Support Teams

nametag It’s been a long, tricky last few years for me. Somewhere in the fall of 2005, I started getting really passionate about social media. I went to a conference in April that convinced me that I was on to something. I attended BarCamp Boston in June, and that gave Christopher Penn and I the idea for PodCamp.

In September 2006, I left behind a typical day job and joined a full time adventure. I started by working with Jeff Pulver, where we took on both a conference and an Internet startup at the same time. And as of last winter, I joined Stephen Saber and CrossTech Media in a similar-but-different set of endeavors.

All the while, I’ve been maintaining a blog, a newsletter, speaking outside of where I work, attending conferences outside of what might be 100% germane to my business, and doing all kinds of other projects and experiences outside of those where I draw a salary.

I’ve been doing this for just about three years at this point.

My wife and children, as you might imagine, have to give up time with me for some of this. I work long hours. I travel quite a bit. I do a lot of creative things that run very late into the night.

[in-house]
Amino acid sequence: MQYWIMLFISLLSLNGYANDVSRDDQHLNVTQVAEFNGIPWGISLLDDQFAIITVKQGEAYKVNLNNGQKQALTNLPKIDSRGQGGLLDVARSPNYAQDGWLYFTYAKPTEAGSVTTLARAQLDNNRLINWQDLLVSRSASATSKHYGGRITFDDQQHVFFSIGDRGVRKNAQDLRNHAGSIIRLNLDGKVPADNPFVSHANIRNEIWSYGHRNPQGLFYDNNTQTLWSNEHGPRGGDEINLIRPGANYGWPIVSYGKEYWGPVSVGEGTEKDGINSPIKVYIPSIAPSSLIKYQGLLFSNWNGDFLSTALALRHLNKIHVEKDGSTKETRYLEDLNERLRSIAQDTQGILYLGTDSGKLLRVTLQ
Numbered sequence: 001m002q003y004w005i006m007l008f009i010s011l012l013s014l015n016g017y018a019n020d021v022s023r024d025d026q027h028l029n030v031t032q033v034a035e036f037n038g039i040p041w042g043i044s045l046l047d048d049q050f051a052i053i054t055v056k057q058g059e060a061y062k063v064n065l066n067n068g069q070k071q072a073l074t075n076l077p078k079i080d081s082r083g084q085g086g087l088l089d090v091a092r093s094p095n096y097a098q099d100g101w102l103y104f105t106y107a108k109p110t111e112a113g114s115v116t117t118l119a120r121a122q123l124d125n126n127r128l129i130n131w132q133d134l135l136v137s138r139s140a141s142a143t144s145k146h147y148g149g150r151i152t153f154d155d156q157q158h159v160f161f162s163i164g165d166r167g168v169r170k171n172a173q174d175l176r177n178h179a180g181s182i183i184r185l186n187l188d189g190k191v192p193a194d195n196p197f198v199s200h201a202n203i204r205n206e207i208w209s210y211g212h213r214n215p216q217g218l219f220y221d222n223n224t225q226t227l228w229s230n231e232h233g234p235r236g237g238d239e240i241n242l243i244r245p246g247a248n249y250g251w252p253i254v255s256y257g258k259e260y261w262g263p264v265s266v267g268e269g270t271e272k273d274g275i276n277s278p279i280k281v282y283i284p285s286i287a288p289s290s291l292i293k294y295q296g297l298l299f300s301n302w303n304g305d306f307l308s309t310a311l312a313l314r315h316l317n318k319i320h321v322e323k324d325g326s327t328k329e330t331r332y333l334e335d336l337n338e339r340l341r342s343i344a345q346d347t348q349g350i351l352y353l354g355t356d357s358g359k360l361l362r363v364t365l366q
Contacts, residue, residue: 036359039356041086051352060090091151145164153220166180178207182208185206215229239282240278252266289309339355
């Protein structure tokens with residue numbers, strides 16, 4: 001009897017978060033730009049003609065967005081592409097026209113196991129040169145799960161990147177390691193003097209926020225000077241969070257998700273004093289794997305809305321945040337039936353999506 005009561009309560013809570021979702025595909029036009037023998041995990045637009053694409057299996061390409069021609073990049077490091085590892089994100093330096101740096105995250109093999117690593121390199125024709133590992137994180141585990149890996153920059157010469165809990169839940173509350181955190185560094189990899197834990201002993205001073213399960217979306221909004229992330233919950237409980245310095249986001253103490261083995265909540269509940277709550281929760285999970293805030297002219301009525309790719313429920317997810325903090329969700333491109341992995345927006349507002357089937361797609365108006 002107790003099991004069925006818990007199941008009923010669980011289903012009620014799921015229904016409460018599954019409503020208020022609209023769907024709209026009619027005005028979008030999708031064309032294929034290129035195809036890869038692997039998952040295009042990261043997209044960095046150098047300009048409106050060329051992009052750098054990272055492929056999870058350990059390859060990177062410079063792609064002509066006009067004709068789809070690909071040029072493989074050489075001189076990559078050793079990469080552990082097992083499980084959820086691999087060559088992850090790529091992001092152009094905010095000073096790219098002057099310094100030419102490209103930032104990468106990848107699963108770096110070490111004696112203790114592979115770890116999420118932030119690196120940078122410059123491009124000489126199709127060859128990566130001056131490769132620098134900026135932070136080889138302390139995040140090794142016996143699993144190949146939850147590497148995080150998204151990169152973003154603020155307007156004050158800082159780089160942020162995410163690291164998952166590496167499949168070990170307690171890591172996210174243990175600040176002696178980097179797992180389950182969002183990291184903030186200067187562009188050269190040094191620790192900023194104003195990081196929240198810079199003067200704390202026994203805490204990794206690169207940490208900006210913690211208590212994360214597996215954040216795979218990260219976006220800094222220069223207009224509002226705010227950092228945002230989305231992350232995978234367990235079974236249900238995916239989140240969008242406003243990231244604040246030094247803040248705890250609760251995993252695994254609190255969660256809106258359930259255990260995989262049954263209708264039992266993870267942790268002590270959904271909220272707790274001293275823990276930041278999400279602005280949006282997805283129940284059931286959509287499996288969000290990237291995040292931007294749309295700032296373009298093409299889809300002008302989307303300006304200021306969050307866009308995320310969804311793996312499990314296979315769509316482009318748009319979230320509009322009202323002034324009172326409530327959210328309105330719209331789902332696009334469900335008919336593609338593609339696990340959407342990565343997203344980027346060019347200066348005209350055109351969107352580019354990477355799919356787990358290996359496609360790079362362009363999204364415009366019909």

This past weekend, my wife Katrina attended PodCamp Boston 3 with me. It was the first time she had been able to come to an event with me. (That came courtesy of my parents, who watched our children for a little over 30 hours to help us make this happen.) She came to some sessions, sat with me in that beautiful glass lobby, and ate dinner with me Saturday night with a few new friends.

It was great seeing Katrina talking with friends of mine like Jane Quigley, and watching her practice what she calls her Canadian sense of humor (awkward humor is Canadian?). It was so wonderful to see Katrina in the audience. I hadn’t had that experience yet – ever – in all of this that I’ve done. It made a world of difference.

I’m a selfish guy. I don’t mean to be, but it’s something that I recognize in myself. As such, I sometimes take for granted just how lucky I am to have the love and support of my wife and children while doing all kinds of crazy things in pursuit of this vision I have. There are sacrifices and lots of faith that go with all that she’s done for me, and I’d like to pause and recognize this.

I’m proud of everything Katrina does on her own and with the family. My kids get the best love and affection, and every day, I come home to a new adventure that she’s cooked up for them. I’m proud of what she’s accomplished, and excited to imagine what comes next.

Further, maybe you who are also pursuing your own versions of these dreams might take an extra moment to thank your support team, too.

Thank you, Katrina.

Photo Credit, Mr. C.C. Chapman

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